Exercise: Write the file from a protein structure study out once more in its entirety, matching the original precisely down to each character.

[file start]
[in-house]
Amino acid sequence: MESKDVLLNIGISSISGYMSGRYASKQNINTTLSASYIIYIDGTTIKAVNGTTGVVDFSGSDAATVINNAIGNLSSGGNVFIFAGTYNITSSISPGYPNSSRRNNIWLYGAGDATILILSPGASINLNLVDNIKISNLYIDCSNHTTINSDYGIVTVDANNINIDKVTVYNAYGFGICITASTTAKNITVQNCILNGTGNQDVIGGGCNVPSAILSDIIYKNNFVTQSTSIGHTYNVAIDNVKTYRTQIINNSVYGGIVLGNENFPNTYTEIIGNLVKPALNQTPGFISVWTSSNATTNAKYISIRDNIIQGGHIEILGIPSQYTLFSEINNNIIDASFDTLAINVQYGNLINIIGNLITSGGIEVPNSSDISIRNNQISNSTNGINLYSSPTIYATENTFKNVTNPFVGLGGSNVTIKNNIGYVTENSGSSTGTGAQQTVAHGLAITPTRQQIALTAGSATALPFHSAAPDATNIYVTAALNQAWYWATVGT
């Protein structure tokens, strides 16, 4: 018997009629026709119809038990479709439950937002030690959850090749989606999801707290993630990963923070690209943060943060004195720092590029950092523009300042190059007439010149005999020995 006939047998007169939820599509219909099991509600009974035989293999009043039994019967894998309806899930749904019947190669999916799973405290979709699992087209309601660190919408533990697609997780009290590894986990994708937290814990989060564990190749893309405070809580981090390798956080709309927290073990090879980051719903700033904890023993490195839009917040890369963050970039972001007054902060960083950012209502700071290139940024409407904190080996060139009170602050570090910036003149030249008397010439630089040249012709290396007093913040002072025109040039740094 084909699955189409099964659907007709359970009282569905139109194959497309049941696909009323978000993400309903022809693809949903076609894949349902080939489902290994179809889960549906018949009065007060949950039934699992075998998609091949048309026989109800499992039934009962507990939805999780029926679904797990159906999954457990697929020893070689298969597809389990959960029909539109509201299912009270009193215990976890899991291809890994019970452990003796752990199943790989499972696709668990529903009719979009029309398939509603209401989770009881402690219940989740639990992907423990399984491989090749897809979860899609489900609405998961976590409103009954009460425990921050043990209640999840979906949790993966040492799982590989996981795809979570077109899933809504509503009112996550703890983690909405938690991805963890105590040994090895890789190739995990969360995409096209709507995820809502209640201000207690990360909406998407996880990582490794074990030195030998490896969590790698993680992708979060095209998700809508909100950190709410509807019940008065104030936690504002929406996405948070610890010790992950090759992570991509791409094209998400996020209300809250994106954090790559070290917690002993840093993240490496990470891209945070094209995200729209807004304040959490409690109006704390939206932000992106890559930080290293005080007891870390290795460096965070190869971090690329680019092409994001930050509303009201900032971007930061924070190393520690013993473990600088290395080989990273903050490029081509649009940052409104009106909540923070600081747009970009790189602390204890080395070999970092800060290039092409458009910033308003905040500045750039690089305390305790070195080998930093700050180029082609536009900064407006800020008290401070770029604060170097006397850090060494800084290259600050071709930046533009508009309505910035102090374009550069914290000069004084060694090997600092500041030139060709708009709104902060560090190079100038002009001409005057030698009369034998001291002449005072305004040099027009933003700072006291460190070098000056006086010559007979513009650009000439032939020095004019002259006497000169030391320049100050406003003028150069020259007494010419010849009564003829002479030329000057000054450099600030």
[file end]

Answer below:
[in-house]
Amino acid sequence: MESKDVLLNIGISSISGYMSGRYASKQNINTTLSASYIIYIDGTTIKAVNGTTGVVDFSGSDAATVINNAIGNLSSGGNVFIFAGTYNITSSISPGYPNSSRRNNIWLYGAGDATILILSPGASINLNLVDNIKISNLYIDCSNHTTINSDYGIVTVDANNINIDKVTVYNAYGFGICITASTTAKNITVQNCILNGTGNQDVIGGGCNVPSAILSDIIYKNNFVTQSTSIGHTYNVAIDNVKTYRTQIINNSVYGGIVLGNENFPNTYTEIIGNLVKPALNQTPGFISVWTSSNATTNAKYISIRDNIIQGGHIEILGIPSQYTLFSEINNNIIDASFDTLAINVQYGNLINIIGNLITSGGIEVPNSSDISIRNNQISNSTNGINLYSSPTIYATENTFKNVTNPFVGLGGSNVTIKNNIGYVTENSGSSTGTGAQQTVAHGLAITPTRQQIALTAGSATALPFHSAAPDATNIYVTAALNQAWYWATVGT
């Protein structure tokens, strides 16, 4: 018997009629026709119809038990479709439950937002030690959850090749989606999801707290993630990963923070690209943060943060004195720092590029950092523009300042190059007439010149005999020995 006939047998007169939820599509219909099991509600009974035989293999009043039994019967894998309806899930749904019947190669999916799973405290979709699992087209309601660190919408533990697609997780009290590894986990994708937290814990989060564990190749893309405070809580981090390798956080709309927290073990090879980051719903700033904890023993490195839009917040890369963050970039972001007054902060960083950012209502700071290139940024409407904190080996060139009170602050570090910036003149030249008397010439630089040249012709290396007093913040002072025109040039740094 084909699955189409099964659907007709359970009282569905139109194959497309049941696909009323978000993400309903022809693809949903076609894949349902080939489902290994179809889960549906018949009065007060949950039934699992075998998609091949048309026989109800499992039934009962507990939805999780029926679904797990159906999954457990697929020893070689298969597809389990959960029909539109509201299912009270009193215990976890899991291809890994019970452990003796752990199943790989499972696709668990529903009719979009029309398939509603209401989770009881402690219940989740639990992907423990399984491989090749897809979860899609489900609405998961976590409103009954009460425990921050043990209640999840979906949790993966040492799982590989996981795809979570077109899933809504509503009112996550703890983690909405938690991805963890105590040994090895890789190739995990969360995409096209709507995820809502209640201000207690990360909406998407996880990582490794074990030195030998490896969590790698993680992708979060095209998700809508909100950190709410509807019940008065104030936690504002929406996405948070610890010790992950090759992570991509791409094209998400996020209300809250994106954090790559070290917690002993840093993240490496990470891209945070094209995200729209807004304040959490409690109006704390939206932000992106890559930080290293005080007891870390290795460096965070190869971090690329680019092409994001930050509303009201900032971007930061924070190393520690013993473990600088290395080989990273903050490029081509649009940052409104009106909540923070600081747009970009790189602390204890080395070999970092800060290039092409458009910033308003905040500045750039690089305390305790070195080998930093700050180029082609536009900064407006800020008290401070770029604060170097006397850090060494800084290259600050071709930046533009508009309505910035102090374009550069914290000069004084060694090997600092500041030139060709708009709104902060560090190079100038002009001409005057030698009369034998001291002449005072305004040099027009933003700072006291460190070098000056006086010559007979513009650009000439032939020095004019002259006497000169030391320049100050406003003028150069020259007494010419010849009564003829002479030329000057000054450099600030």